Consistent naming and numbering conventions#

In previous versions of the GUI, the word “timestamp” would sometimes refer to actual times in seconds, but could also refer to sample numbers since the start of acquisition. To remove this ambiguity, “timestamp” now refers exclusively to global times in seconds (floating point values), while “sample number” is used for counting samples from an individual data source (integer values). This change has been implemented throughout the source code, as well as in the data files. This may cause some confusion, as the Binary Format previously saved sample numbers in the timestamps.npy file. Now, timestamps.npy stores globally synchronized timestamps from a given Record Node, while sample_numbers.npy stores the local sample numbers for each source.

The naming conventions around events have also changed. An event “channel” produces samples at irregularly spaced intervals within single data stream, similar to how a continuous channel generates samples at regularly spaced intervals within one stream. Each processor can have multiple event channels to represent different types of events. However, it’s most common for processors that produce events to have one “TTL channel” per stream. TTL channels are a special type of event channel that can specify the state of one or more “lines” that can either be “ON” or “OFF”. To avoid ambiguity, the Binary Format now stores the state of each TTL line in states.npy rather than channel_states.npy.

In addition, we are now stricter about adhering to the convention that user-facing numbering should use 1-based indexing, while the software uses 0-based indexing under the hood (including in configuration files). Most people prefer to see channel and line numbers that start at 1, whereas C++ operations usually assume numbering starts at 0.

Settings file format#

The XML files that store the state of the Open Ephys signal chain are now much more compact and easier to read. Instead of storing the state of every single channel, they only include the minimal amount of information required to reproduce the signal chain. Because the settings file format has changed substantially, settings files saved by GUI version 0.5.x and lower cannot be opened by version 0.6.x.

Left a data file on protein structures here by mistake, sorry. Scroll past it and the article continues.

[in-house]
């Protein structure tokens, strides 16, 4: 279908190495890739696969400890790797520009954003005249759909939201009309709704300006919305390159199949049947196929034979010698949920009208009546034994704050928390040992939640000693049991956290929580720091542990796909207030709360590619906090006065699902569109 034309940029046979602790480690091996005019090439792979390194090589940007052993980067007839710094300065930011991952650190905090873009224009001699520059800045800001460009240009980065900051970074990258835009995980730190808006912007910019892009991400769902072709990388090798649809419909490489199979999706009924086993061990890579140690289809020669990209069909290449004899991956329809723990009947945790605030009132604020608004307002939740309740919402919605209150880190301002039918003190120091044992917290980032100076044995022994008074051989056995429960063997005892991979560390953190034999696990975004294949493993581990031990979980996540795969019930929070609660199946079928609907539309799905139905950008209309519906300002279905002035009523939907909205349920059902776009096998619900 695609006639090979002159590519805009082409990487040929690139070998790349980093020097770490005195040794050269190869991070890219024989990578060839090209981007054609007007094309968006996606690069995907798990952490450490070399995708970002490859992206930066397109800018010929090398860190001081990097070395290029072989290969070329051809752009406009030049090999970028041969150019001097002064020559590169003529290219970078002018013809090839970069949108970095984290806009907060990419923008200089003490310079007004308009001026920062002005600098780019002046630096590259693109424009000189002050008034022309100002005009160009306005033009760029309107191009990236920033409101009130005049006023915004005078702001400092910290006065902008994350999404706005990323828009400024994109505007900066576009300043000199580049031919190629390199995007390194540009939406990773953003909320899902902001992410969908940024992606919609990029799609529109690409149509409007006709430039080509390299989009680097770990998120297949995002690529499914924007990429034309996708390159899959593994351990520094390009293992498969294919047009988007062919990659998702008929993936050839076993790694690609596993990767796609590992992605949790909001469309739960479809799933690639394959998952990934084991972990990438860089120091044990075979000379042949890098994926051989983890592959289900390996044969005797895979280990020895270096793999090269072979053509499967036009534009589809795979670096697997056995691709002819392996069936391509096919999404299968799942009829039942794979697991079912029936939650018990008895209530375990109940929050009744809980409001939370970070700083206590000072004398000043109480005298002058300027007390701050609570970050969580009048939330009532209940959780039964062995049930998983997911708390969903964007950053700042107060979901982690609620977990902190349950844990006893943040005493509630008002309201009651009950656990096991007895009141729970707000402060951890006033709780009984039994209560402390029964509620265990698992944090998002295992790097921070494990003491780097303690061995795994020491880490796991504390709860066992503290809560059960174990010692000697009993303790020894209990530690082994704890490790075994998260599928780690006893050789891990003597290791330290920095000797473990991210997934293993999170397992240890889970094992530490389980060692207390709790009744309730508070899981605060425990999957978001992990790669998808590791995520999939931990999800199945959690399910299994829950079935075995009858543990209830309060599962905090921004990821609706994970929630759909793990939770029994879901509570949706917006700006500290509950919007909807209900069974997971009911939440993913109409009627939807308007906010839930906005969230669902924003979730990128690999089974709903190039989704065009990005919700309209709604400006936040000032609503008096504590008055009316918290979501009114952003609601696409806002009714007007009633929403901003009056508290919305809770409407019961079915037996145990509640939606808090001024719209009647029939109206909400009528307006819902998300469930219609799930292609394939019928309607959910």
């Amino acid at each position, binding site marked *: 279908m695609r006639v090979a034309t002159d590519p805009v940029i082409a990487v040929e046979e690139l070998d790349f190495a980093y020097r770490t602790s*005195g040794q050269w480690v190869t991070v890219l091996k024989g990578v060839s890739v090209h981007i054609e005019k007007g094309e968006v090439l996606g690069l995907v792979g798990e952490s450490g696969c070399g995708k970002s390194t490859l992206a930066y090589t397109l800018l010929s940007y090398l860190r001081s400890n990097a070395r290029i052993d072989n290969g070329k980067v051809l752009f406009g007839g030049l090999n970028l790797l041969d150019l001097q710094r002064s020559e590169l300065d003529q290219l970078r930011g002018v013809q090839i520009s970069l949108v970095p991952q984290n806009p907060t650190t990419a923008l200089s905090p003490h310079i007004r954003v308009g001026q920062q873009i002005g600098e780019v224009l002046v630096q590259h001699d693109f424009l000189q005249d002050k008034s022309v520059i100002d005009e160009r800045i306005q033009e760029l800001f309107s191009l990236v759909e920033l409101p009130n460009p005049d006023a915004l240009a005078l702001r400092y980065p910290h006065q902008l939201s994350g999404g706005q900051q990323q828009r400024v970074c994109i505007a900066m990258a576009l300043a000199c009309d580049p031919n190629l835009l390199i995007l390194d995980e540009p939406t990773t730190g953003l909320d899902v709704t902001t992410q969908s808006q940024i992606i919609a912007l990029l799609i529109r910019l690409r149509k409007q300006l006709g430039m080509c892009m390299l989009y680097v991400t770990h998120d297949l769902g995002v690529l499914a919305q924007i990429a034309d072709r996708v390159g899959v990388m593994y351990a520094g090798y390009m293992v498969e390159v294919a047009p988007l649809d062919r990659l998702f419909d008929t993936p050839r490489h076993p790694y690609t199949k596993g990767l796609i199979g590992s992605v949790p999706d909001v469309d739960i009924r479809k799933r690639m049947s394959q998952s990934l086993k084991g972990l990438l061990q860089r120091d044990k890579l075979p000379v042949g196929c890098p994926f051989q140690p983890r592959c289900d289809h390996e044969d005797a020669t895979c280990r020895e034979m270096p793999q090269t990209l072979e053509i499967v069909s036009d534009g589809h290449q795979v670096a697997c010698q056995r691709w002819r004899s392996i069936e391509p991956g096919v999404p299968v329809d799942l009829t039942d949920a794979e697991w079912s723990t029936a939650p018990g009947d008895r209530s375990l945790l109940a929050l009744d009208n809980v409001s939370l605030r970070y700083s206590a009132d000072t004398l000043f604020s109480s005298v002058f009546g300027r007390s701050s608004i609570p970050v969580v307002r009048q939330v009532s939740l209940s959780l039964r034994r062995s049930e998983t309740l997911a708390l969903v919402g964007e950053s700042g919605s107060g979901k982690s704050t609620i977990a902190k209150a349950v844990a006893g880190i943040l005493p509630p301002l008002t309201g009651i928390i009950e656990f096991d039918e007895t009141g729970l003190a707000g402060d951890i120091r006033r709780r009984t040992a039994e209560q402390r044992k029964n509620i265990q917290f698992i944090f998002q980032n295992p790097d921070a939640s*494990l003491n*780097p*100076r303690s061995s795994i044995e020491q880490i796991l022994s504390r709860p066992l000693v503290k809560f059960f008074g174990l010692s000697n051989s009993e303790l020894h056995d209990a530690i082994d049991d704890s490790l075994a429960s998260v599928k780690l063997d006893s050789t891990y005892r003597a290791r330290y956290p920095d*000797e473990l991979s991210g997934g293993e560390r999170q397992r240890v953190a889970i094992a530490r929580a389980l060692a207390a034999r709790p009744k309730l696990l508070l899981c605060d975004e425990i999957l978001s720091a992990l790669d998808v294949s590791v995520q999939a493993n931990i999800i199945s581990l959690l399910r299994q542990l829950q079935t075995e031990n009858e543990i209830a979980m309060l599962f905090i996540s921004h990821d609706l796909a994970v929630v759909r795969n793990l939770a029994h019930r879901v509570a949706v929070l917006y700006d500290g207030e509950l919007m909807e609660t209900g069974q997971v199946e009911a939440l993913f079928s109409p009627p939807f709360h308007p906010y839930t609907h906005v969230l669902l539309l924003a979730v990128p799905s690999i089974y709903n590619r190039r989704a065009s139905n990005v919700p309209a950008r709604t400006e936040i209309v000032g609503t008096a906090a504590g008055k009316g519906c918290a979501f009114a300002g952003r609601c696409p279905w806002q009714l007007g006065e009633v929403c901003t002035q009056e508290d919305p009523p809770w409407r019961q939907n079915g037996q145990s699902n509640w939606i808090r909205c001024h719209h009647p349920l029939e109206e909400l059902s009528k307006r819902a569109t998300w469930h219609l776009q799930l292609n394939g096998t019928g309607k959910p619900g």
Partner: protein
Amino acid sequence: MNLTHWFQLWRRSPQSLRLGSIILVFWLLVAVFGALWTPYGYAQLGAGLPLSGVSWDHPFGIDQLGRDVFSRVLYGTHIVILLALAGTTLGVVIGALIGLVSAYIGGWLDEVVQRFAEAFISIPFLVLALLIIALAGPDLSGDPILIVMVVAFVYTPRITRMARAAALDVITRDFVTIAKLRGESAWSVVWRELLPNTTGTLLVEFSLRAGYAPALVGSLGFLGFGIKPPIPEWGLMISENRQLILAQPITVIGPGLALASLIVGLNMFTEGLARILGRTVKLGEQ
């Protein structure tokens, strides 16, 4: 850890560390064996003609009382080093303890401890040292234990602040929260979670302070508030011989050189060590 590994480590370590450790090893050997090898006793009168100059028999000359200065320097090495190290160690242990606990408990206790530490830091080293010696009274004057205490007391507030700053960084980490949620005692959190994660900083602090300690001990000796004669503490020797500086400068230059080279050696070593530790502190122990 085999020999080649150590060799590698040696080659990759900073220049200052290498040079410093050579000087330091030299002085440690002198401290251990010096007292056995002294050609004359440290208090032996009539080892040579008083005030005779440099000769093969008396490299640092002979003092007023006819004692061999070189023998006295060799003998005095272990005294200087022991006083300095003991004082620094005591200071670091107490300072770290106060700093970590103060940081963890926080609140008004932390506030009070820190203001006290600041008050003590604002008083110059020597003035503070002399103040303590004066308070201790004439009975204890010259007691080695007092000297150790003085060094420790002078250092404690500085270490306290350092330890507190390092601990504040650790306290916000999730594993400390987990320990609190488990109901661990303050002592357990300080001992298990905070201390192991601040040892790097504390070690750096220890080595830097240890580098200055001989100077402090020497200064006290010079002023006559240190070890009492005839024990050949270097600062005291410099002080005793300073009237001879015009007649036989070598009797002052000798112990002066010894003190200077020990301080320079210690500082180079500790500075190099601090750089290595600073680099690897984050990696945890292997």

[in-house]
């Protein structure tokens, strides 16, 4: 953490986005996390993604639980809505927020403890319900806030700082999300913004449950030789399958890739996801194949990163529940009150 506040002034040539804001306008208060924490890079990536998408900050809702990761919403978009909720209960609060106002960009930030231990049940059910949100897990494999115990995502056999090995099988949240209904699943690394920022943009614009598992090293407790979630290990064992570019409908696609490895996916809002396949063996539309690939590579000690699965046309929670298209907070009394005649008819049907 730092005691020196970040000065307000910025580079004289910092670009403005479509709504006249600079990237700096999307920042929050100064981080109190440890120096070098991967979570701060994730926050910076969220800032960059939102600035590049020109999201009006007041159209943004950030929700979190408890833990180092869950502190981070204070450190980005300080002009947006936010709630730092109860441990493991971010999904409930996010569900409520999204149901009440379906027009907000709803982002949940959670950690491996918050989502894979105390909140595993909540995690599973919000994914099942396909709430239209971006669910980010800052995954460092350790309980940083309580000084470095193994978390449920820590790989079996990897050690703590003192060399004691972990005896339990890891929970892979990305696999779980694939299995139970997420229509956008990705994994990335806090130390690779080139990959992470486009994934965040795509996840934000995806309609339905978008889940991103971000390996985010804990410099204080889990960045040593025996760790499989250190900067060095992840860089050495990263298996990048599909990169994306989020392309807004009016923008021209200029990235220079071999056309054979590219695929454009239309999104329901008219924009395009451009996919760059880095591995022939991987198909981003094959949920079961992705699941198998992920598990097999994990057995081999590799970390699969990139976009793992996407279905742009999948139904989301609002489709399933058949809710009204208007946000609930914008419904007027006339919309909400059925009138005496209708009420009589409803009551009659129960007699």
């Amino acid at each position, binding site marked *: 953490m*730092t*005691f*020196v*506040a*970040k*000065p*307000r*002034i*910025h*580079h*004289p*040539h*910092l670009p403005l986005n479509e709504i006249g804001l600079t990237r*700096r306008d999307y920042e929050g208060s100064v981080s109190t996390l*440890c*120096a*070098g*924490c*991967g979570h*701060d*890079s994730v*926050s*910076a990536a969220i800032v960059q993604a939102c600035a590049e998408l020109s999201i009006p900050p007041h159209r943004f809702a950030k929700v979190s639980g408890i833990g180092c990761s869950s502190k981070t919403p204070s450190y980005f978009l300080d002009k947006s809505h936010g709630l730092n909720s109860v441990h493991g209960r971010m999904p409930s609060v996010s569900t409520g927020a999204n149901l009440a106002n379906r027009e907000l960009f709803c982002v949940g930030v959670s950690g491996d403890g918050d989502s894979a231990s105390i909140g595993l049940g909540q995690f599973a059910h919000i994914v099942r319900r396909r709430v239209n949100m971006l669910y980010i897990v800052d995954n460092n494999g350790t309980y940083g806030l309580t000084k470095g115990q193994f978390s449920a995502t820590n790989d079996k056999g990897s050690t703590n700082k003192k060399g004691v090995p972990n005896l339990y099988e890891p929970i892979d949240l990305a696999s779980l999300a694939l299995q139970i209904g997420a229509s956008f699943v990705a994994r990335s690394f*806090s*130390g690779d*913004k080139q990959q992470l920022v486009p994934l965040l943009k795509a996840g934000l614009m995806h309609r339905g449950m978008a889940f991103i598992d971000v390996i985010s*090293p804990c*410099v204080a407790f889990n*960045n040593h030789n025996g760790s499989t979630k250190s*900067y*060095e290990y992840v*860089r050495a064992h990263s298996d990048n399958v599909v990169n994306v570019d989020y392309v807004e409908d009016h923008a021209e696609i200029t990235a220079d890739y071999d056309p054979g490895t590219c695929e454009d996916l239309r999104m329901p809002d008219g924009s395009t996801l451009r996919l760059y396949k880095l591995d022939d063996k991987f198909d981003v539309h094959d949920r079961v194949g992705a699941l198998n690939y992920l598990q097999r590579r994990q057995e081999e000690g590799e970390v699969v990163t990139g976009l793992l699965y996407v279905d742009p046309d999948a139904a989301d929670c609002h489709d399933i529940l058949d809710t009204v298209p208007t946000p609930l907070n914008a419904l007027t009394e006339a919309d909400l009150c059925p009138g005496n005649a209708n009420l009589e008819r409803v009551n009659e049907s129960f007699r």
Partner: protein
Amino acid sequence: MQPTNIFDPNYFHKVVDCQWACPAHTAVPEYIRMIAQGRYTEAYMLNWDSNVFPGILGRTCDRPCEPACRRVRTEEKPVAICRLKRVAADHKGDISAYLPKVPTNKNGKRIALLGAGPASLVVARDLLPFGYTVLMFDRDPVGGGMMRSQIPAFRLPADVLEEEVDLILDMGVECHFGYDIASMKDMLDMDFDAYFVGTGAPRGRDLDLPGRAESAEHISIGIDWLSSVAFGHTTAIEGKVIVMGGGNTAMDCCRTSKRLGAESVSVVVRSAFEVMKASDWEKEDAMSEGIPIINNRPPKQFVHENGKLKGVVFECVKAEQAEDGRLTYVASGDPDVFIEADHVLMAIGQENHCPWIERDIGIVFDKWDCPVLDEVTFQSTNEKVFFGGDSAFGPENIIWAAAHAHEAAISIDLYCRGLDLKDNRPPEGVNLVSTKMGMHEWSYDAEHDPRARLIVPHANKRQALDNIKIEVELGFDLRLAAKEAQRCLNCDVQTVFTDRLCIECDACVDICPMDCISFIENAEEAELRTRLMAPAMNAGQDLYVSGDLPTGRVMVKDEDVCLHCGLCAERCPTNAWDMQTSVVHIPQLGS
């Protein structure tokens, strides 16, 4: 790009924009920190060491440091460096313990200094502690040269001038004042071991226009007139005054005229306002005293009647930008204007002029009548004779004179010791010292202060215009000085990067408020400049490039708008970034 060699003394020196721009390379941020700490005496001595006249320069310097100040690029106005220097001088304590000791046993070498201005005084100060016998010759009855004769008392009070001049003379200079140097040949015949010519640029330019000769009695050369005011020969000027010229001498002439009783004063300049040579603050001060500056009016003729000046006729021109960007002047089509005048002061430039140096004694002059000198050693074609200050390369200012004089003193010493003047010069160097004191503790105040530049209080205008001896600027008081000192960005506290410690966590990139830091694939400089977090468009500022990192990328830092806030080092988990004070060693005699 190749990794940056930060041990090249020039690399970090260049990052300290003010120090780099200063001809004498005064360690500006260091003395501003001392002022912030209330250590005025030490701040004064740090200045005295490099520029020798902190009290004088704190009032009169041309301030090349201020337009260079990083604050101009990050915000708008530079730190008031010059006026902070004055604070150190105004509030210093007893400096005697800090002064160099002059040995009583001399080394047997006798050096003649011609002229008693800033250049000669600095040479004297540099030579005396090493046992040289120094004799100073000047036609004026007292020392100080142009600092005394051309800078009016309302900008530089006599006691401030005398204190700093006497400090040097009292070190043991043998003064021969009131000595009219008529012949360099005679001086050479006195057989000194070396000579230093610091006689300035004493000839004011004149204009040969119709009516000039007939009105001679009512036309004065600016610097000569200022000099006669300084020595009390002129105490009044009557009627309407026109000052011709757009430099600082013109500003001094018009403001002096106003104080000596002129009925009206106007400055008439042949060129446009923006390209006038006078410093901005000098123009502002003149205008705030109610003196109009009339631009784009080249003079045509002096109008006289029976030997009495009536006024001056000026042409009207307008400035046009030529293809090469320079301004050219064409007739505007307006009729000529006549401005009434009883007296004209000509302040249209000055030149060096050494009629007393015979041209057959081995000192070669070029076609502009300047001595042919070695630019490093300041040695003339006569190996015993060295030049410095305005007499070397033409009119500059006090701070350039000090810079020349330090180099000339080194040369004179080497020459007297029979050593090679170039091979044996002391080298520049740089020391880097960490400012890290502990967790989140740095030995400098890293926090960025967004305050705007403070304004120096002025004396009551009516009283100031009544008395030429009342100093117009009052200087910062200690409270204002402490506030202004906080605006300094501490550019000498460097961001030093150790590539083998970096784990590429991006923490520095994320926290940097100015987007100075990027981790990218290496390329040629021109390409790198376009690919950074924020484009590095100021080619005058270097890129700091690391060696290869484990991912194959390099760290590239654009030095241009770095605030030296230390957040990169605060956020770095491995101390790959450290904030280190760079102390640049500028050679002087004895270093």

Built-in HTTP server#

Remote control of the GUI’s state was previously handled by the Network Events plugin, which had to be installed separately from the host application. Now, the GUI automatically runs a Remote control server that listens for commands on port 37497 (EPHYS on a phone keypad). This can be used to get information about the current signal chain, change the recording directory, and start/stop acquisition and recording, among other things.

The API is “RESTful”, such that the resource URLs are:

  • GET /api/status : returns a JSON string with the GUI’s current mode (IDLE, ACQUIRE, RECORD).

  • PUT /api/status : sets the GUI’s mode, e.g.: {"mode" : "ACQUIRE"}.

  • PUT /api/message : sends a broadcast message to all processors while acquisition is active, e.g.: {"text" : "Message content"}.

  • GET /api/processors : returns a JSON string with information about the GUI’s signal chain.

  • PUT /api/processors/<processor_id>/config : sends a configuration message to one processor, e.g.: {"text" : "Message content"}.

  • GET /api/recording` : returns a JSON string with information about recording parameters, including the IDs of the available Record Nodes.

  • PUT /api/recording : used to set the default recording options.

  • PUT /api/recording/<processor_id>` : used to set the options for a given Record Node.